Port hopeful as CDC says cruise ships could sail again by mid-July

In a letter to the cruise industry, the CDC said cruises could restart for the first time since March 2020 and operators could skip test cruises if the companies verify that 98 percent of crew members and 95 percent of paying passengers are fully vaccinated against COVID-19.

During Wednesday’s Canaveral Port Authority Board of Commissioners meeting, Port CEO Capt. John Murray expressed regret that he was unable to give commissioners a date for cruises to resume.

But on Thursday, Murray celebrated the most exciting news he’s received in more than a year as the Centers for Disease Control and Prevention announced late Wednesday that cruise operators could begin sailing from U.S. ports by mid-July.

In a letter to the cruise industry, the CDC said cruises could restart for the first time since March 2020 and operators could skip test cruises if the companies verify that 98 percent of crew members and 95 percent of paying passengers are fully vaccinated against COVID-19.

Other revisions to the CDC’s Conditional Sailing Order originally issued in October Include reducing review times for applications to begin simulated passenger voyages from 60 days to five days, allowing cruise operators to enter into multiport agreements instead of separate agreements with each port in the event of a major outbreak aboard cruise ships, updating testing requirements and guidance on ventilation systems, and letting local passengers exposed to the virus drive home and passengers who traveled by air to quarantine in a hotel.

“We acknowledge that cruising will never be a zero-risk activity and that the goal of the CSO’s phased approach is to resume passenger operations in a way that mitigates the risk of COVID-19 transmission onboard cruise ships and across port communities,” Aimee Treffiletti, head of the Maritime Unit for CDC’s COVID-19 response within its Global Mitigation Task Force, wrote in the letter. “We remain committed to the resumption of passenger operations in the United States following the requirements in (CDC guidelines) by midsummer, which aligns with the goals announced by many major cruise lines.”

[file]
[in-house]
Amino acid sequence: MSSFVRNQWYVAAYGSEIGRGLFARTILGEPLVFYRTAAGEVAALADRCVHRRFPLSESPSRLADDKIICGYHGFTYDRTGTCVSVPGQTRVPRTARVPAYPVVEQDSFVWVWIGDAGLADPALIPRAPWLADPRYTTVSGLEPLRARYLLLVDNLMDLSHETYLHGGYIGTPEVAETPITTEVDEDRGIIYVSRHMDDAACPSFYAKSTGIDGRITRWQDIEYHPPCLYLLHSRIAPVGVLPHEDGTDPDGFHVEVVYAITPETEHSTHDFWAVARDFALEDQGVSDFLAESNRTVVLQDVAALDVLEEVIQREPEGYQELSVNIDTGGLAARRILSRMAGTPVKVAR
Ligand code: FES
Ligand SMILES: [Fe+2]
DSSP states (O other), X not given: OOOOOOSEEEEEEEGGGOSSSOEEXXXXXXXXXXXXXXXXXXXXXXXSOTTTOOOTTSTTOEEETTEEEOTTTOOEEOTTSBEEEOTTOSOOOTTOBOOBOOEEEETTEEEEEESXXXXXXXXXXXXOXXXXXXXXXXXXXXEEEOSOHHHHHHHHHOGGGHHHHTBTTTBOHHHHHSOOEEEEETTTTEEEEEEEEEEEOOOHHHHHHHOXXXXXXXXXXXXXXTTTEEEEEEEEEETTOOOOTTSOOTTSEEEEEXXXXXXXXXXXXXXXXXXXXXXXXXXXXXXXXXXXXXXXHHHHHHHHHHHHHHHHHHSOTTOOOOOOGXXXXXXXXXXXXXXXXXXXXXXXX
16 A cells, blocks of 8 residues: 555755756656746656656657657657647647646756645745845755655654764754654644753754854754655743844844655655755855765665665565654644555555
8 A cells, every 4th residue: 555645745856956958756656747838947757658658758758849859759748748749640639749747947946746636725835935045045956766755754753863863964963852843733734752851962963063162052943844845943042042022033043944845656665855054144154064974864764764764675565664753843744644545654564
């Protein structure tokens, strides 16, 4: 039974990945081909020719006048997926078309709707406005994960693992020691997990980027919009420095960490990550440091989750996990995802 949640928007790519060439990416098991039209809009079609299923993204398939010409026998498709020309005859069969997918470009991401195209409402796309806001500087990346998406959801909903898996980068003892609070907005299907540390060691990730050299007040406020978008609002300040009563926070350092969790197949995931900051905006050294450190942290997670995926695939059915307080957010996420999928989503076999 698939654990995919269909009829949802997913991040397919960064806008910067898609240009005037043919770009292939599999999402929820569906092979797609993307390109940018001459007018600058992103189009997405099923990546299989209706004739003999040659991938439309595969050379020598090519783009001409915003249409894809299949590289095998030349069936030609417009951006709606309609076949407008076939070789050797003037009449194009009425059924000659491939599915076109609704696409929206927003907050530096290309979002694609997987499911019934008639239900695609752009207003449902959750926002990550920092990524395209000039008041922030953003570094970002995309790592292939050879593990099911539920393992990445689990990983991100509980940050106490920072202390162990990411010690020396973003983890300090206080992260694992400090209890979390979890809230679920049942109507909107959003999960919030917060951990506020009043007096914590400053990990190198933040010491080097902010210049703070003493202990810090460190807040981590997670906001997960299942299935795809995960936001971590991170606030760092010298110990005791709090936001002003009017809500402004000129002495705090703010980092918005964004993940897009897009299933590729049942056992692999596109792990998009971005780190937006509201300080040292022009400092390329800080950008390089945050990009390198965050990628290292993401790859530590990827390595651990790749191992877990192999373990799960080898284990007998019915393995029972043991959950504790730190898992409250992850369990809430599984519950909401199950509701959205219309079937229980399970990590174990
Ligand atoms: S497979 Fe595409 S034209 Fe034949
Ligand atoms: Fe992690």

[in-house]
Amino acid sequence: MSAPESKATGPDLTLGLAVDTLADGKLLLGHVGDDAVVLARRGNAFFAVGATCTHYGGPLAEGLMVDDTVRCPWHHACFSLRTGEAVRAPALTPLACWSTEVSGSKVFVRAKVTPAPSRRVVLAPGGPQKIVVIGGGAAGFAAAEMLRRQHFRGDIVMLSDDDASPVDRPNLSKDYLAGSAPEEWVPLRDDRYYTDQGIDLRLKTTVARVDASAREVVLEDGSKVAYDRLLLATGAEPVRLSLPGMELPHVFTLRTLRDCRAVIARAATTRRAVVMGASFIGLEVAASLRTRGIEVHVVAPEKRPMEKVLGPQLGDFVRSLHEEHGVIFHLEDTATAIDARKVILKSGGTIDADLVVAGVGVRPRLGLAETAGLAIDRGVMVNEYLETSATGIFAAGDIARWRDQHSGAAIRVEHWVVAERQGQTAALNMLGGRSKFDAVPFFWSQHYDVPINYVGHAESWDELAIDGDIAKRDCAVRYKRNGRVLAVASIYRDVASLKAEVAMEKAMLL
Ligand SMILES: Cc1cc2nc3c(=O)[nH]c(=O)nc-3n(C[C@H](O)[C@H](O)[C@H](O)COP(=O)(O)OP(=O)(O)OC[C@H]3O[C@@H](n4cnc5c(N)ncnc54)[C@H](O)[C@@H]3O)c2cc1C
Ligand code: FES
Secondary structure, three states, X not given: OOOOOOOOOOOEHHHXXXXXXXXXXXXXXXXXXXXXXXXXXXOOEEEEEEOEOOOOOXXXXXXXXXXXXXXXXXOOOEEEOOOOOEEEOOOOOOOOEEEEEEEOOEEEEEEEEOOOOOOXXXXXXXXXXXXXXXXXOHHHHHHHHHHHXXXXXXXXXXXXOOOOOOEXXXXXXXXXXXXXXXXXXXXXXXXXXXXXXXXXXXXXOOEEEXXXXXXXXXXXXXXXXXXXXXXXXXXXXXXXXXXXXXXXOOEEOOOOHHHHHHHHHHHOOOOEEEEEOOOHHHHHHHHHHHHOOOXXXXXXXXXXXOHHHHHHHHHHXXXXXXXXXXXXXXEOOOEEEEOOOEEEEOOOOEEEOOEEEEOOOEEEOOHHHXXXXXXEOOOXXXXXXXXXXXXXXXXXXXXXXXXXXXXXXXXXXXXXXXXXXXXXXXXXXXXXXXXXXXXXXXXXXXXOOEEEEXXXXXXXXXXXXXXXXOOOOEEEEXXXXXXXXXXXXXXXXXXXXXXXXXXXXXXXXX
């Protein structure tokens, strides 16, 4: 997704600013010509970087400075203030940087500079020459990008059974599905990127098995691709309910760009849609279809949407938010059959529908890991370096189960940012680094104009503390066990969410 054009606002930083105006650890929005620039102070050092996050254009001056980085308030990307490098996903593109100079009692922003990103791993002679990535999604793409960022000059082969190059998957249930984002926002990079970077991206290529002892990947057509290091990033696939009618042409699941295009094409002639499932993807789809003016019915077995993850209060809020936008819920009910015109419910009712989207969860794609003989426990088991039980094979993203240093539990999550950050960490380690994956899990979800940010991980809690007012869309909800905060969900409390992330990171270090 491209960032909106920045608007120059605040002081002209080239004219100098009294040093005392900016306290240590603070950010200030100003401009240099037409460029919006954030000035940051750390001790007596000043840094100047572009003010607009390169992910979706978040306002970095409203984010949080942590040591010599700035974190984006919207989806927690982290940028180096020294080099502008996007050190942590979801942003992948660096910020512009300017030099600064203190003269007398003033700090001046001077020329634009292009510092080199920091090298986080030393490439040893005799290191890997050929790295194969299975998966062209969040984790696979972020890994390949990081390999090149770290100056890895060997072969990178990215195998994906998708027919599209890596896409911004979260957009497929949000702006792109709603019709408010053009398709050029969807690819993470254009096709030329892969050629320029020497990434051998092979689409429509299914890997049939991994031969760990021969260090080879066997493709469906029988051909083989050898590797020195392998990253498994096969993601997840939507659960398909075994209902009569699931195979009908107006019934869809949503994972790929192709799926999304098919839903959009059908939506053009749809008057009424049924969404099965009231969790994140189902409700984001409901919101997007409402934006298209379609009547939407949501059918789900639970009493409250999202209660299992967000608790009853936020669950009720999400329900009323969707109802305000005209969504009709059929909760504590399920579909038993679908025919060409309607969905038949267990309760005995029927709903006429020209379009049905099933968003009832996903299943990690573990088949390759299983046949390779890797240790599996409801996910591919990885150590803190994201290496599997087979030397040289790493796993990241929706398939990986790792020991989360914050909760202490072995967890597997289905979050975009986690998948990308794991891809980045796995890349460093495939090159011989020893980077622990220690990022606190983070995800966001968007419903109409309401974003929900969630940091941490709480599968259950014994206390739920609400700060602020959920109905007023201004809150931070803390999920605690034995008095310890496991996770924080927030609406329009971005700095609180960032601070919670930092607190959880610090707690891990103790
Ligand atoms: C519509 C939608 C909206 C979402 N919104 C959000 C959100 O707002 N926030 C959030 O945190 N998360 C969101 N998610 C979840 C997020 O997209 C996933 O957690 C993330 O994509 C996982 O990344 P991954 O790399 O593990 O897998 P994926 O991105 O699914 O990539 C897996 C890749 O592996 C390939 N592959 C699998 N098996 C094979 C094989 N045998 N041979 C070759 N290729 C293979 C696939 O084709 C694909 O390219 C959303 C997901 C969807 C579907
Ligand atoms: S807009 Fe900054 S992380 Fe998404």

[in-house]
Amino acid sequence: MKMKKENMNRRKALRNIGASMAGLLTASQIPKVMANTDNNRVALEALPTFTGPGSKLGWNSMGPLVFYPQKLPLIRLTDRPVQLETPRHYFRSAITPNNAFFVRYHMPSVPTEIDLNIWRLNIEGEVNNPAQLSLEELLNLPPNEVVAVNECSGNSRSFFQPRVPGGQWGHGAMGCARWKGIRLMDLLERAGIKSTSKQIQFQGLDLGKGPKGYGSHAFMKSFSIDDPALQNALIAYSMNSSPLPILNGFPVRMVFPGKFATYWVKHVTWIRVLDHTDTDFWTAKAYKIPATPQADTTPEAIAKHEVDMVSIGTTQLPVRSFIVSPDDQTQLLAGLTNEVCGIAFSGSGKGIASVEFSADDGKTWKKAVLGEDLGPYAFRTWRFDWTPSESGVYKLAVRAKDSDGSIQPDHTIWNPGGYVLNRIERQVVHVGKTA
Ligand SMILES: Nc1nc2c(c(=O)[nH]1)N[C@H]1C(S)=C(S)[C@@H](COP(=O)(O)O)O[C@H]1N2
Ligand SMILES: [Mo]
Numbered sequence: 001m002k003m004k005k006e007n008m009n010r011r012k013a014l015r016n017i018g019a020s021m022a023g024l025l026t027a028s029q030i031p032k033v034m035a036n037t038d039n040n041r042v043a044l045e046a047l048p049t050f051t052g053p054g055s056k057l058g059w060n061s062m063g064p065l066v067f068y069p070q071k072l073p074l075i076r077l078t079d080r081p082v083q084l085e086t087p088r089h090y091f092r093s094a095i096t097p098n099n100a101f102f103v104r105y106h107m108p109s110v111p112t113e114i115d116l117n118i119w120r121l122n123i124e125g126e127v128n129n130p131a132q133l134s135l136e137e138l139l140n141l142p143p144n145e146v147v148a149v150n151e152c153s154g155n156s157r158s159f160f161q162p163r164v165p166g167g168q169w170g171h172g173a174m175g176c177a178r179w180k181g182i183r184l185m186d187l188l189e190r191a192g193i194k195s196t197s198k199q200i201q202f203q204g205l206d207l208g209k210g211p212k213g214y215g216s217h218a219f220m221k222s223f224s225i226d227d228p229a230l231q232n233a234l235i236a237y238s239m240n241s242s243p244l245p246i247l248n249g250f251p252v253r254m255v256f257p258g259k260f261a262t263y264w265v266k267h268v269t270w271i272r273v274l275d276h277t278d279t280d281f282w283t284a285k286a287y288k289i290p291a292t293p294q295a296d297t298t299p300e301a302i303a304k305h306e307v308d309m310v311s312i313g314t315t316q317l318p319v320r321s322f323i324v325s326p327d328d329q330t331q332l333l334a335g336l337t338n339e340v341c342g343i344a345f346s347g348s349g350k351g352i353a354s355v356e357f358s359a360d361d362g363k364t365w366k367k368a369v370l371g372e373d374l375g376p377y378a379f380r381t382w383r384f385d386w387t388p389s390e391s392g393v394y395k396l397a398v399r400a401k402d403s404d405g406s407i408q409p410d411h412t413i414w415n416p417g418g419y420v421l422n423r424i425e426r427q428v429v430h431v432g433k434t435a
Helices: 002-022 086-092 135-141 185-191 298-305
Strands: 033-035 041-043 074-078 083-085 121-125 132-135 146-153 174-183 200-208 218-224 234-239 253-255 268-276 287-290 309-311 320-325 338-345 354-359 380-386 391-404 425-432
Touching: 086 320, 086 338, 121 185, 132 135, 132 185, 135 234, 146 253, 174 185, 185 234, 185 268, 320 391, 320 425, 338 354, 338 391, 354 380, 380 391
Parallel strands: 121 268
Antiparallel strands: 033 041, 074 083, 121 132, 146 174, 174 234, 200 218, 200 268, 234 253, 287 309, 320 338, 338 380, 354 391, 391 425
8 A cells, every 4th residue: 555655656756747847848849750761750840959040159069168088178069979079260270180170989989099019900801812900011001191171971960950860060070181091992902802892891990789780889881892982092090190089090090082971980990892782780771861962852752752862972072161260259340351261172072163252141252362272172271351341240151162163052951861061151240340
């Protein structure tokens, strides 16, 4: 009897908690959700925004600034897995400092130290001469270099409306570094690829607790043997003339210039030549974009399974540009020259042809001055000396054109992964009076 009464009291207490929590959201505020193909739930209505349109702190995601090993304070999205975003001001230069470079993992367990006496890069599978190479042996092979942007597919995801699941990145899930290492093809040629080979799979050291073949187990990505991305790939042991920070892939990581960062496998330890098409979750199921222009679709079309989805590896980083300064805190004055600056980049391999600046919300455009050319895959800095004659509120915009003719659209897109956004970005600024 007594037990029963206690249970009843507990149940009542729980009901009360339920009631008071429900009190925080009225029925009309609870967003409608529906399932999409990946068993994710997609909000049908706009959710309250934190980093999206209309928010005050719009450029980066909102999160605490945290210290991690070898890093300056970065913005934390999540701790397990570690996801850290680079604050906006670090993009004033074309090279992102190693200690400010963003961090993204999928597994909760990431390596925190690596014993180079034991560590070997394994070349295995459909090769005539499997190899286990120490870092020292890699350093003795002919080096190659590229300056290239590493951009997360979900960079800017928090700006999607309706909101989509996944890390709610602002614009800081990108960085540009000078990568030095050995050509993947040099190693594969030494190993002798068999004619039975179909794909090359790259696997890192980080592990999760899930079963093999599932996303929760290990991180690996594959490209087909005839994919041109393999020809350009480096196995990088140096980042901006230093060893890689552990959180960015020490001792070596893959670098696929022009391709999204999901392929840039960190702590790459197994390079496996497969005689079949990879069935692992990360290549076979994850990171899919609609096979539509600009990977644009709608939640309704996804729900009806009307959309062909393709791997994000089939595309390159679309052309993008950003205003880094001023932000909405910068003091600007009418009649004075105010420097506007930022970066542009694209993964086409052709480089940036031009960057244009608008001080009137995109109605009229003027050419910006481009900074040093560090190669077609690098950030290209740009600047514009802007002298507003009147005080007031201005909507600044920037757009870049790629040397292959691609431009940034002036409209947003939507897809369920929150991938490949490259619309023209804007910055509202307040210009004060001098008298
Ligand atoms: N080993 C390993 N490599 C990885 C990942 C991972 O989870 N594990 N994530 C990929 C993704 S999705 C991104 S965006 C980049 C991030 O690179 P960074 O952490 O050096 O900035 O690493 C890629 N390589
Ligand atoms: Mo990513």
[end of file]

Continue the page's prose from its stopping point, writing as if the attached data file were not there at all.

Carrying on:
The CDC’s clarifications follow meetings with cruise industry officials who were hoping for more workable guidelines than the ones released April 2. The extended shutdown led the state of Florida to sue the federal government to get cruises started again.

“This is very exciting news,” Murray said. “Finally, the CDC has responded to the cruise industry with game-changing guidance to restart cruising in the U.S. This newly defined approach includes common-sense recommendations, including CDC’s focus on cruise passengers that drive in for cruises, which could expedite the resumption of cruise operations at Port Canaveral.”

Since the pandemic began in March 2020, the Port has lost about 80 percent of its revenue and nearly half of its workforce.

Jean Paugh, owner of All About You Travel Unlimited, 1240 U.S. 1, Suite 6 in Rockledge, called the CDC’s response “the best news we’ve had in months.”

“I am excited and my clients are so ready to start sailing again,” said Paugh, who added that she’s lost 98.3 percent of her sales from 2019 and had to lay off her entire staff last year due to the pandemic. “I believe it’s time. We have been sailing in other ports around the world successfully for over six months now. It’s time to let Americans go back as well.”